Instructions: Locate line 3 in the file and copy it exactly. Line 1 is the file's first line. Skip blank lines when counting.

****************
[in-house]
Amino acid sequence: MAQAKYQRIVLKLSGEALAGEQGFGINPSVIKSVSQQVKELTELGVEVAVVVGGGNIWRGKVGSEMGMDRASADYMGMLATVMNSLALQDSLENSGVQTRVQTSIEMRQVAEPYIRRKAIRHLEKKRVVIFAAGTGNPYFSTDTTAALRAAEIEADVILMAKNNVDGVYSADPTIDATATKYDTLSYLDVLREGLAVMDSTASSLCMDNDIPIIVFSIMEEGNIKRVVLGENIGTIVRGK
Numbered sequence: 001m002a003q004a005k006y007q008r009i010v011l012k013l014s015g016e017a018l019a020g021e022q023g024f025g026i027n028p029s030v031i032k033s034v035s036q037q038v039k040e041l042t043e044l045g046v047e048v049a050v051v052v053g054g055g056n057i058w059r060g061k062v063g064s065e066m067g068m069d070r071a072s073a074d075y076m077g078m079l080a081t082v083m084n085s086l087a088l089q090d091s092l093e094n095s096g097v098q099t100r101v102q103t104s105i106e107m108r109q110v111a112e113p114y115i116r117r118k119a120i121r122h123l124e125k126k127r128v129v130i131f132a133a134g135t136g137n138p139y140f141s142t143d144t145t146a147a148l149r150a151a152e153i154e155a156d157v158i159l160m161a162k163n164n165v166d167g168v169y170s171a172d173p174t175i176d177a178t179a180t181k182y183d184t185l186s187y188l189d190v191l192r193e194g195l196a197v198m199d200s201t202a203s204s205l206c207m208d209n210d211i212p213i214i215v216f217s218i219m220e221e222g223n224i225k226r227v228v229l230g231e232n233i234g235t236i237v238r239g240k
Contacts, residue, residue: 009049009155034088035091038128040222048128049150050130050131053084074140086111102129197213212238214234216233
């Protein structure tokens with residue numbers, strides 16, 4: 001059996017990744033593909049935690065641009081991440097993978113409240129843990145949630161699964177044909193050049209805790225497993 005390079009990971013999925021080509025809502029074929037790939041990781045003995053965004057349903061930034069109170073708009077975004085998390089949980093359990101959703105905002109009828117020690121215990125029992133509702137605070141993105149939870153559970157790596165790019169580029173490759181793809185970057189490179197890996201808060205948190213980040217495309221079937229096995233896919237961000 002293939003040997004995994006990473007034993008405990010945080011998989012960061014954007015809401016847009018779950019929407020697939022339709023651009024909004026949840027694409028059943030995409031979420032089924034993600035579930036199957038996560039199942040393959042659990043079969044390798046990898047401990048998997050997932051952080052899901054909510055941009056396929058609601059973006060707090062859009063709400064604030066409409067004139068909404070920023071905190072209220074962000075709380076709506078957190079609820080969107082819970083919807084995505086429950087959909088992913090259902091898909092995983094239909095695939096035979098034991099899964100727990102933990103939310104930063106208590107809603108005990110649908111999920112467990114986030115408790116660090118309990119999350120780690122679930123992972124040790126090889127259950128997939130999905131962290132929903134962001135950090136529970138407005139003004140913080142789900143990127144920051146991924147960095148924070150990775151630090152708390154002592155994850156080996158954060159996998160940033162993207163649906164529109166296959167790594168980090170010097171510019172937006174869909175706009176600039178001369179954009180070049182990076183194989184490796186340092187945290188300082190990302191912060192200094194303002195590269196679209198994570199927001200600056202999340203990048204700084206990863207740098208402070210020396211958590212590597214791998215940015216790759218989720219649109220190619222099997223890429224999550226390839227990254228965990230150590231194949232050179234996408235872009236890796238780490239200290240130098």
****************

Numbered sequence: 001m002a003q004a005k006y007q008r009i010v011l012k013l014s015g016e017a018l019a020g021e022q023g024f025g026i027n028p029s030v031i032k033s034v035s036q037q038v039k040e041l042t043e044l045g046v047e048v049a050v051v052v053g054g055g056n057i058w059r060g061k062v063g064s065e066m067g068m069d070r071a072s073a074d075y076m077g078m079l080a081t082v083m084n085s086l087a088l089q090d091s092l093e094n095s096g097v098q099t100r101v102q103t104s105i106e107m108r109q110v111a112e113p114y115i116r117r118k119a120i121r122h123l124e125k126k127r128v129v130i131f132a133a134g135t136g137n138p139y140f141s142t143d144t145t146a147a148l149r150a151a152e153i154e155a156d157v158i159l160m161a162k163n164n165v166d167g168v169y170s171a172d173p174t175i176d177a178t179a180t181k182y183d184t185l186s187y188l189d190v191l192r193e194g195l196a197v198m199d200s201t202a203s204s205l206c207m208d209n210d211i212p213i214i215v216f217s218i219m220e221e222g223n224i225k226r227v228v229l230g231e232n233i234g235t236i237v238r239g240k